Homework, Are You Kidding?

Almost all of the Marvel films up to this point have done a great job of letting new viewers in. Even if you were watching a sequel, most of the time it wasn’t required to have seen the previous films to know what was going on and who people were. They added to the experience, sure, but it wasn’t required.

So it’s strange, in this one case, to say that Civil War is vastly improved by watching all of the films leading to it. There’s a lot of characters coming and going and references made – without having seen Ultron, you really don’t know what the big deal with Zemo even is. You could probably get through it, but nothing would land as hard, and you would be constantly asking, “And who the heck is this guy? What’s his problem?” I was already saying that, and I’ve seen all the movies up to this point, minus the ones in theaters.

Take some time and catch up on the other movies, most of them are pretty damn good. Required viewing would include: Captain America, Winter Soldier, Avengers, Age of Ultron, Iron Man. That’s a lot to ask, but that would get you through it pretty well. Ant-Man for extra credit.

Strength in Numbers

But those alone are not enough to sink the film. Like or not, Civil War floats. Hell, it flies. It’s not perfect, but it’s still a Hell of a ride.

By now, people are playing the game of odds. Marvel can’t keep releasing hits, surely one of these things must fail. Not watching one for a few months, you forget what was so great about them. Maybe you get annoyed and think enough is enough. Then you go see it with some friends and remember all over again why these things work. They’re tight, sometimes silly movies with good plots, and have memorable characters.

Characters.

It all comes down to them, and that’s the whole damn reason. We’ve spent so much time with these people, we’ve grown invested not only in their motivations, but their relationships to one another. Ultron was supposed to be a big test of that, and it might have been, but this is the real kicker. This is the sequel to Avengers Age of Ultron wishes it was.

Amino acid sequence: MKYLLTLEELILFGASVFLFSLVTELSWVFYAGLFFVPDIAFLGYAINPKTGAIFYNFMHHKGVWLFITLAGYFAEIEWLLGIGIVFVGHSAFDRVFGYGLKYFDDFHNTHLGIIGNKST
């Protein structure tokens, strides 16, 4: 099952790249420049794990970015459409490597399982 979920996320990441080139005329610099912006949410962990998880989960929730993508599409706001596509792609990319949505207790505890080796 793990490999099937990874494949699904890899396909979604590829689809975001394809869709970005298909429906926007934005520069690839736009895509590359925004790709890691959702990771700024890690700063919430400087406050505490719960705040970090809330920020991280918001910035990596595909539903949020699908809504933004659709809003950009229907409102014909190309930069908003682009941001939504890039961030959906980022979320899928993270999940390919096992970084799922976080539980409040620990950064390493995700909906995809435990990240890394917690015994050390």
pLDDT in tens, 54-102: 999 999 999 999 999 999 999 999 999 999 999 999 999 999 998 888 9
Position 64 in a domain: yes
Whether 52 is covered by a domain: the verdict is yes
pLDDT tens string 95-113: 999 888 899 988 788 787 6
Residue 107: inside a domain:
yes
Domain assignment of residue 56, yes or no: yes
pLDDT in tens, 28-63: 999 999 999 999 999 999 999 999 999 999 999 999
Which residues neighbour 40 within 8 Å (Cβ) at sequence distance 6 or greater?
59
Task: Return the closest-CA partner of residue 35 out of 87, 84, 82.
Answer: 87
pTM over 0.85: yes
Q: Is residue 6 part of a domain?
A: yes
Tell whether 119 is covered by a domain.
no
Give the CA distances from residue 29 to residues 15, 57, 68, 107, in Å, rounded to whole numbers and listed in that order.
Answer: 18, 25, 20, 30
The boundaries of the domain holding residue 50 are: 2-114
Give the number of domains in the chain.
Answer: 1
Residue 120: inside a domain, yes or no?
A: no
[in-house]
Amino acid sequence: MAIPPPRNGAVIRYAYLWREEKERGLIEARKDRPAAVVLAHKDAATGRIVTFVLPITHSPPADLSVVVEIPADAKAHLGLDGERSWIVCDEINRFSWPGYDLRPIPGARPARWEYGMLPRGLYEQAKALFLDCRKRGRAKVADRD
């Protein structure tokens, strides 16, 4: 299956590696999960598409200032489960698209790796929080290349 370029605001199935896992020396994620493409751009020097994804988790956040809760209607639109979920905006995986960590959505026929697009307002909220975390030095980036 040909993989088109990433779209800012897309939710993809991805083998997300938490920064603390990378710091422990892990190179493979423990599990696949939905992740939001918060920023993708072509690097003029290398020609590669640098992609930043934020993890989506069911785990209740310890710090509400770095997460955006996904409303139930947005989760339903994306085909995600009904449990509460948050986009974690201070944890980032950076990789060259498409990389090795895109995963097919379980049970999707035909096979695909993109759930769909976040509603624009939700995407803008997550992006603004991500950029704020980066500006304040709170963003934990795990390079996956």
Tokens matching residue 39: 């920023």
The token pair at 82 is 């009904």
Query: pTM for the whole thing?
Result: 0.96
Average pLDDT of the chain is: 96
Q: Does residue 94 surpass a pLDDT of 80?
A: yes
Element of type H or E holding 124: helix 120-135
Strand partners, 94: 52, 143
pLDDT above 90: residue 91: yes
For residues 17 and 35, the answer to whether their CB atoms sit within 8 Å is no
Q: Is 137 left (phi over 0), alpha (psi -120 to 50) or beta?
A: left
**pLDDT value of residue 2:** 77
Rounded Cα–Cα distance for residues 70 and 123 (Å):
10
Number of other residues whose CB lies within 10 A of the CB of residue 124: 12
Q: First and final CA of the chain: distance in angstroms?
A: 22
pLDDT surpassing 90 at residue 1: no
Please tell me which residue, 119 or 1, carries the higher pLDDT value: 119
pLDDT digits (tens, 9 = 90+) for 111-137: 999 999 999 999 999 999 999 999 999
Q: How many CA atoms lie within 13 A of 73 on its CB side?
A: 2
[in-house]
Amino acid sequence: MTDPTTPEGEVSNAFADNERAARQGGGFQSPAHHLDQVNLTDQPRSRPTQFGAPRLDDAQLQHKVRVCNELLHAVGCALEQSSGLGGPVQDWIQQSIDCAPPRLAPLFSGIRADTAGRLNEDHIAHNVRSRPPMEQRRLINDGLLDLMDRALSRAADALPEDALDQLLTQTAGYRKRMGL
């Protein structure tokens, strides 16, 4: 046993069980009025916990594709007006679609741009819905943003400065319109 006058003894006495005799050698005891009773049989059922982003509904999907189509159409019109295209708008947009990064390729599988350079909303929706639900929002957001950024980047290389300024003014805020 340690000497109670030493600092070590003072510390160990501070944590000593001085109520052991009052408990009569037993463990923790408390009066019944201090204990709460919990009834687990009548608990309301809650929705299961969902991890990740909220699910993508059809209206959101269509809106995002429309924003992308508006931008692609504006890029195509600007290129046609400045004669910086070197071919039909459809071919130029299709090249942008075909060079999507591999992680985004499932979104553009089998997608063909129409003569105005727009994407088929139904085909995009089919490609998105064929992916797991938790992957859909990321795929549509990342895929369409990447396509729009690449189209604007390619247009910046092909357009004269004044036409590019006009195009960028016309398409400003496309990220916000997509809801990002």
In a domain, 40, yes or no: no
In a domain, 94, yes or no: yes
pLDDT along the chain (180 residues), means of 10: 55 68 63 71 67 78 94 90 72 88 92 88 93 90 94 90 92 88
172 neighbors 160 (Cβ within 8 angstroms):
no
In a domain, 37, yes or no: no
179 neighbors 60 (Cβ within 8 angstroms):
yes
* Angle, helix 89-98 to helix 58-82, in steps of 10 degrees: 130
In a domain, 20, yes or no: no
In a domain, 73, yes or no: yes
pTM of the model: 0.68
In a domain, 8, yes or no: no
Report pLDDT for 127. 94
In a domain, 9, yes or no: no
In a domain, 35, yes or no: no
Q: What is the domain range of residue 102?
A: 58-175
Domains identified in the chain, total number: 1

It’s a different kind of story than the Avengers, or Winter Soldier. The stakes are much smaller and more personal, and doesn’t that just make all the difference? No one is afraid the world is going to end, but everyone has so much riding on the outcome of this conflict, you’re sewn to the edge of your seat with each new thread. Perhaps most impressive about Civil War is how much it becomes an Avenger’s movie, as well as a new chapter for Captain America.

All said and done, the movie is still about Steve. He’s the one that makes the decisions that change the course for other characters. If he would have just signed the agreement, let Bucky go, there would be no film. But with Cap’s seeming rebellion, in that good ol’ American spirit, other people are drawn to his line of thinking, even though his goals are ultimately selfish. The accords are one thing, but it’s a different story for Bucky. Losing Peggy means he only has this one last person from his past – that’s powerful for a character that’s searching to belong in a world that’s moved on. But even with the focus set mostly on Steve, your other favorite Avengers all get time to banter and argue with some of the new players.